Wayne Loy Dines v. Carolyn W. Colvin

Filing 24

MEMORANDUM OPINION by Magistrate Judge Charles F. Eick. Plaintiff's and Defendant's motions for summary judgment are denied and this matter is remanded for further administrative action consistent with this Opinion. (sp)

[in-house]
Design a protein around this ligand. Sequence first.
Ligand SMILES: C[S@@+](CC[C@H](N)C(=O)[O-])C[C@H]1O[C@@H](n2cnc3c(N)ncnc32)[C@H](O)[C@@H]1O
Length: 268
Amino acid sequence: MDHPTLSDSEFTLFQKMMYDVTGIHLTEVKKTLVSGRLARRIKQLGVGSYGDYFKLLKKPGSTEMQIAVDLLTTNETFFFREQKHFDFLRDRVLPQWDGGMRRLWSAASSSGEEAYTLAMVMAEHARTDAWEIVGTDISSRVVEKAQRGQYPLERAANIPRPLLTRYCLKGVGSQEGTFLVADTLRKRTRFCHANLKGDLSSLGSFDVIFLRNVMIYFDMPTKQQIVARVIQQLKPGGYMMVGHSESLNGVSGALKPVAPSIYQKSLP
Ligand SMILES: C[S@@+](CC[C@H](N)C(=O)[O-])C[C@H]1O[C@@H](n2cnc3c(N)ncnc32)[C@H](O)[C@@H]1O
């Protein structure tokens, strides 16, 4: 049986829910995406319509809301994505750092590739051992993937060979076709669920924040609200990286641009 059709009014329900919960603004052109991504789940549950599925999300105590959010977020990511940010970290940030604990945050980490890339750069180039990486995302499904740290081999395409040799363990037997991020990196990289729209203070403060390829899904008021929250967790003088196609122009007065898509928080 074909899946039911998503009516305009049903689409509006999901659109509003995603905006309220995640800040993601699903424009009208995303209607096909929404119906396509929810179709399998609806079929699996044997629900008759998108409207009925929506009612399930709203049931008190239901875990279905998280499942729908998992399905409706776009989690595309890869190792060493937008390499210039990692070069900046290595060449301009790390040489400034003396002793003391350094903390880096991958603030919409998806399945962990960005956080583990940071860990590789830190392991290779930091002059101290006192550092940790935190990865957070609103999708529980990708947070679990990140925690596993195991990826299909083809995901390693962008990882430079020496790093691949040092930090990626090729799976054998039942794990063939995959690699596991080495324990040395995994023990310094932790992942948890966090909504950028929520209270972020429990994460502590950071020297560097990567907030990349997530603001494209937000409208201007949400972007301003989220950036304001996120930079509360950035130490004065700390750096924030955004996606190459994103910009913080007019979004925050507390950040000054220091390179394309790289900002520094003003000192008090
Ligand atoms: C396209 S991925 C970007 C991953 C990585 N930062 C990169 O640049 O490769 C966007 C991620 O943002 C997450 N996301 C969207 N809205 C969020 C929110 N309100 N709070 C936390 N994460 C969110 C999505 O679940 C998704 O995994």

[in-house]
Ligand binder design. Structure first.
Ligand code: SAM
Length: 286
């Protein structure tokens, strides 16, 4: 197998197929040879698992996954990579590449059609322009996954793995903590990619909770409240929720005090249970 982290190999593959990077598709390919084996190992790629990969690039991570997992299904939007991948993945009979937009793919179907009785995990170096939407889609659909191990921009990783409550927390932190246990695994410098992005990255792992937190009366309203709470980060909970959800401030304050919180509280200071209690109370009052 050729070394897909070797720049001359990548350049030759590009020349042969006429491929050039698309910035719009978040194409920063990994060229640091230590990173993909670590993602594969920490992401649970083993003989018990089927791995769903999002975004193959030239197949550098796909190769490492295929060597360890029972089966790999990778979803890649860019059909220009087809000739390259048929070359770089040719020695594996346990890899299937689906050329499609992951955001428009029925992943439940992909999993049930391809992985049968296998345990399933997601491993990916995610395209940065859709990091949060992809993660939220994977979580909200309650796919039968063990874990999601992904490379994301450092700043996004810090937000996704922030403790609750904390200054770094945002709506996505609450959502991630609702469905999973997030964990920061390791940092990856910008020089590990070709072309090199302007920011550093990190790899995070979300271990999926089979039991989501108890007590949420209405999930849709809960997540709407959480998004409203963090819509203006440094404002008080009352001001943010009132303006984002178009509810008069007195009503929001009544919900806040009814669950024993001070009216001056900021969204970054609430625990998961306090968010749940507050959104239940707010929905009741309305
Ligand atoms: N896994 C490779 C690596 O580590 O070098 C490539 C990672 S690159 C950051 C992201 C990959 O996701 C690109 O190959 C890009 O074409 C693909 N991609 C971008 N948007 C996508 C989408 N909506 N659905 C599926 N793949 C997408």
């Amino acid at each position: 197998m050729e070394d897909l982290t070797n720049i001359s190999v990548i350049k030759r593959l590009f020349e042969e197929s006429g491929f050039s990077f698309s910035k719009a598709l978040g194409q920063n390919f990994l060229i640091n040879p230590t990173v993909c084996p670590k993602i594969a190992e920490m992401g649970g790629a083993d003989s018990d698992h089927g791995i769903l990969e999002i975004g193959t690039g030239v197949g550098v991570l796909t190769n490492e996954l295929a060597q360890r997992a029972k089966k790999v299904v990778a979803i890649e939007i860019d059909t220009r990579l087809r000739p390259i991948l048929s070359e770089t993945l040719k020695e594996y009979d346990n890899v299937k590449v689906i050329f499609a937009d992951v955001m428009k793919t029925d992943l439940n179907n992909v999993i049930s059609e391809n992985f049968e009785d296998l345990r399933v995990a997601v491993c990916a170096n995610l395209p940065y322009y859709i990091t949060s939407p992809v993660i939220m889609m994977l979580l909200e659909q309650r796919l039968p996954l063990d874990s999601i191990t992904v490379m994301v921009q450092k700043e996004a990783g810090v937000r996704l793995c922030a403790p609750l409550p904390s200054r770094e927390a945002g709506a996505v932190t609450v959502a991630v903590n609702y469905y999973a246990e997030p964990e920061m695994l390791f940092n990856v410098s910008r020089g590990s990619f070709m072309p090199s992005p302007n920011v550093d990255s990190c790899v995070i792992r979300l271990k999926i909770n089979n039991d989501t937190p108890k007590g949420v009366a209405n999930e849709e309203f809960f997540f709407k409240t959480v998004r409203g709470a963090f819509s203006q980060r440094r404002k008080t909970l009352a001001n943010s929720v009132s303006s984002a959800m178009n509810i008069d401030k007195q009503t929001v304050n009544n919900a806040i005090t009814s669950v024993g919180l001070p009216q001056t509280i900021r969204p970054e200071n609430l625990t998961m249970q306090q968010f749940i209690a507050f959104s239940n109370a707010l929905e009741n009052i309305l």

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1 2 3 4 5 6 7 8 UNITED STATES DISTRICT COURT 9 CENTRAL DISTRICT OF CALIFORNIA 10 11 12 13 14 15 16 WAYNE LOY DINES, ) ) Plaintiff, ) ) v. ) ) NANCY A. BERRYHILL, Acting ) Commissioner of Social Security, ) ) Defendant. ) ____________________________________) NO. ED CV 16-2629-E MEMORANDUM OPINION AND ORDER OF REMAND 17 18 Pursuant to sentence four of 42 U.S.C. section 405(g), IT IS 19 HEREBY ORDERED that Plaintiff’s and Defendant’s motions for summary 20 judgment are denied, and this matter is remanded for further 21 administrative action consistent with this Opinion. 22 23 PROCEEDINGS 24 25 Plaintiff filed a Complaint on December 27, 2016, seeking review 26 of the Commissioner’s denial of disability benefits. The parties 27 filed a consent to proceed before a United States Magistrate Judge on 28 February 1, 2017. 1 Plaintiff filed a motion for summary judgment on August 17, 2017. 2 Defendant filed a motion for summary judgment on September 18, 2017. 3 The Court has taken both motions under submission without oral 4 argument. See L.R. 7-15; “Order,” filed January 5, 2017. 5 6 BACKGROUND 7 8 9 Plaintiff asserts disability based on alleged physical and mental impairments (Administrative Record (“A.R.”) 48-56, 143-50, 164, 200). 10 Most of the alleged physical impairments involve Plaintiff’s lumbar 11 spine (A.R. 48). 12 revealed several disc bulges and, at various points and to various 13 degrees, narrowing of the lateral recesses, “displacement and 14 abutment” of the nerve roots, and “neural foraminal narrowing” (A.R. 15 285-87). 16 range of motion, paralumbar tenderness, spasm, positive straight leg 17 testing, positive Lasegue’s and “extremely antalgic gait” (A.R. 277, 18 279, 281-82, 288). An MRI of Plaintiff’s lumbar spine in March of 2014 Medical examination and testing revealed “very decreased” 19 20 A non-examining state agency review physician looked at some of 21 the medical records and opined Plaintiff has no severe physical 22 impairment (A.R. 78). 23 medical evidence of record, and specifically did not review the MRI of 24 Plaintiff’s lumbar spine (A.R. 34, 78, 285-89). 25 reviewed Plaintiff’s medical test results or rendered any opinion 26 concerning the nature or severity of Plaintiff’s back impairment or 27 the impact of the impairment on Plaintiff’s exertional capacity. 28 /// However, this physician did not review all the 2 No other doctor 1 The Administrative Law Judge (“ALJ”) rejected the opinion of the 2 non-examining state agency review physician and found Plaintiff’s back 3 problems to be severe (A.R. 29, 34). 4 medical opinion, however, the ALJ also found that Plaintiff’s back 5 impairment is not sufficiently severe to interfere in any way with 6 Plaintiff’s ability to perform all the exertional requirements of 7 light work (A.R. 32). In the absence of any supporting 8 9 10 The ALJ denied benefits (A.R. 29-38). The Appeals Council denied review (A.R. 1-3). 11 12 STANDARD OF REVIEW 13 14 Under 42 U.S.C. section 405(g), this Court reviews the 15 Administration’s decision to determine if: (1) the Administration’s 16 findings are supported by substantial evidence; and (2) the 17 Administration used correct legal standards. 18 Commissioner, 533 F.3d 1155, 1159 (9th Cir. 2008); Hoopai v. Astrue, 19 499 F.3d 1071, 1074 (9th Cir. 2007). 20 relevant evidence as a reasonable mind might accept as adequate to 21 support a conclusion.” 22 (1971) (citation and quotations omitted); see Widmark v. Barnhart, 23 454 F.3d 1063, 1067 (9th Cir. 2006). See Carmickle v. Substantial evidence is “such Richardson v. Perales, 402 U.S. 389, 401 24 25 If the evidence can support either outcome, the court may 26 not substitute its judgment for that of the ALJ. 27 Commissioner’s decision cannot be affirmed simply by 28 isolating a specific quantum of supporting evidence. 3 But the 1 Rather, a court must consider the record as a whole, 2 weighing both evidence that supports and evidence that 3 detracts from the [administrative] conclusion. 4 5 Tackett v. Apfel, 180 F.3d 1094, 1098 (9th Cir. 1999) (citations and 6 quotations omitted). 7 8 DISCUSSION 9 10 No assessment by a treating or examining physician supports the 11 ALJ’s finding that Plaintiff can perform all the exertional 12 requirements of light work notwithstanding his severe back impairment. 13 Instead, the ALJ appears to have relied on his own lay review and 14 interpretation of the MRI and other medical test results to define 15 Plaintiff’s exertional capacity. 16 the ALJ could not competently translate the medical evidence in this 17 case into a physical residual functional capacity assessment. 18 Tackett v. Apfel, 180 F.3d at 1102-03 (ALJ’s residual functional 19 capacity assessment cannot stand in the absence of evidentiary 20 support); Rohan v. Chater, 98 F.3d 966, 970 (7th Cir. 1996) (“ALJs 21 must not succumb to the temptation to play doctor and make their own 22 independent medical findings”); Day v. Weinberger, 522 F.2d 1154, 1156 23 (9th Cir. 1975) (an ALJ is forbidden from making his or her own 24 medical assessment beyond that demonstrated by the record). 25 than adopting his own lay assessment of Plaintiff’s limitations, the 26 ALJ should have ordered an examination and evaluation of Plaintiff by 27 a consultative neurologist, orthopedist or other relevant specialist. 28 See id.; see also Reed v. Massanari, 270 F.3d 838, 843 (9th Cir. 2001) Absent expert medical assistance, 4 See Rather 1 (where available medical evidence is insufficient to determine the 2 severity of the claimant’s impairment, the ALJ should order a 3 consultative examination by a specialist); accord, Kish v. Colvin, 552 4 Fed. App’x 650 (2014); see generally Mayes v. Massanari, 276 F.3d 453, 5 459-60 (9th Cir. 2001) (ALJ’s duty to develop the record further is 6 triggered “when there is ambiguous evidence or when the record is 7 inadequate to allow for the proper evaluation of the evidence”) 8 (citation omitted); Brown v. Heckler, 713 F.2d 441, 443 (9th Cir. 9 1983) (“[T]he ALJ has a special duty to fully and fairly develop the 10 record to assure the claimant’s interests are considered. This duty 11 exists even when the claimant is represented by counsel.”). 12 13 In attempting to defend the ALJ’s physical residual functional 14 capacity assessment, Defendant cites, inter alia, Stubbs-Danielson v. 15 Astrue, 539 F.3d 1169, 1174 (9th Cir. 2008) (“Stubbs”). 16 the ALJ translated a mental impairment into a concrete functional 17 restriction recommended by one of the physicians of record. 18 present case is unlike Stubbs. 19 record (other than perhaps the non-examining physician whose opinion 20 the ALJ rejected) offered any opinion or recommendation regarding the 21 functional restrictions that should attend Plaintiff’s physical 22 impairment. In Stubbs, The In the present case, no physician of 23 24 Defendant appears to argue that the Court should affirm the ALJ’s 25 physical residual functional capacity assessment because the record 26 contains no opinion from a physician that there exist greater 27 functional limitations than those the ALJ found to exist (Defendant’s 28 Motion at 7-8). Contrary to Defendant’s apparent argument, the 5 1 absence of competent medical opinion interpreting the MRI and other 2 medical testing does not itself constitute substantial evidence 3 supporting the ALJ’s decision. 4 competent medical opinion is the very reason why substantial evidence 5 does not support the ALJ’s decision. To the contrary, the absence of 6 7 The Court is unable to deem the error in the present case to have 8 been harmless. See Treichler v. Commissioner, 775 F.3d 1090, 1105 9 (9th Cir. 2014) (“Where, as in this case, an ALJ makes a legal error, 10 but the record is uncertain and ambiguous, the proper approach is to 11 remand the case to the agency”); see also Molina v. Astrue, 674 F.3d 12 1104, 1115 (9th Cir. 2012) (an error “is harmless where it is 13 inconsequential to the ultimate non-disability determination”) 14 (citations and quotations omitted); McLeod v. Astrue, 640 F.3d 881, 15 887 (9th Cir. 2011) (error not harmless where “the reviewing court can 16 determine from the ‘circumstances of the case’ that further 17 administrative review is needed to determine whether there was 18 prejudice from the error”). 19 20 Remand is appropriate because the circumstances of this case 21 suggest that further administrative review could remedy the error 22 discussed herein. 23 Ventura, 537 U.S. 12, 16 (2002) (upon reversal of an administrative 24 determination, the proper course is remand for additional agency 25 investigation or explanation, except in rare circumstances); Dominguez 26 v. Colvin, 808 F.3d 403, 407 (9th Cir. 2015) (“Unless the district 27 court concludes that further administrative proceedings would serve no 28 useful purpose, it may not remand with a direction to provide McLeod v. Astrue, 640 F.3d at 888; see also INS v. 6 1 benefits”); Treichler v. Commissioner, 775 F.3d at 1101 n.5 (remand 2 for further administrative proceedings is the proper remedy “in all 3 but the rarest cases”); Harman v. Apfel, 211 F.3d 1172, 1180-81 (9th 4 Cir.), cert. denied, 531 U.S. 1038 (2000) (remand for further 5 proceedings rather than for the immediate payment of benefits is 6 appropriate where there are “sufficient unanswered questions in the 7 record”). 8 present record. There remain significant unanswered questions in the 9 10 CONCLUSION 11 12 For all of the foregoing reasons,1 Plaintiff’s and Defendant’s 13 motions for summary judgment are denied and this matter is remanded 14 for further administrative action consistent with this Opinion. 15 16 LET JUDGMENT BE ENTERED ACCORDINGLY. 17 18 19 DATED: September 27, 2017. 20 21 /s/ CHARLES F. EICK UNITED STATES MAGISTRATE JUDGE 22 23 24 25 26 27 28 1 The Court has not reached any other issue raised by Plaintiff except insofar as to determine that reversal with a directive for the immediate payment of benefits would not be appropriate at this time. “[E]valuation of the record as a whole creates serious doubt that [Plaintiff] is in fact disabled.” Garrison v. Colvin, 759 F.3d 995, 1021 (9th Cir. 2014). 7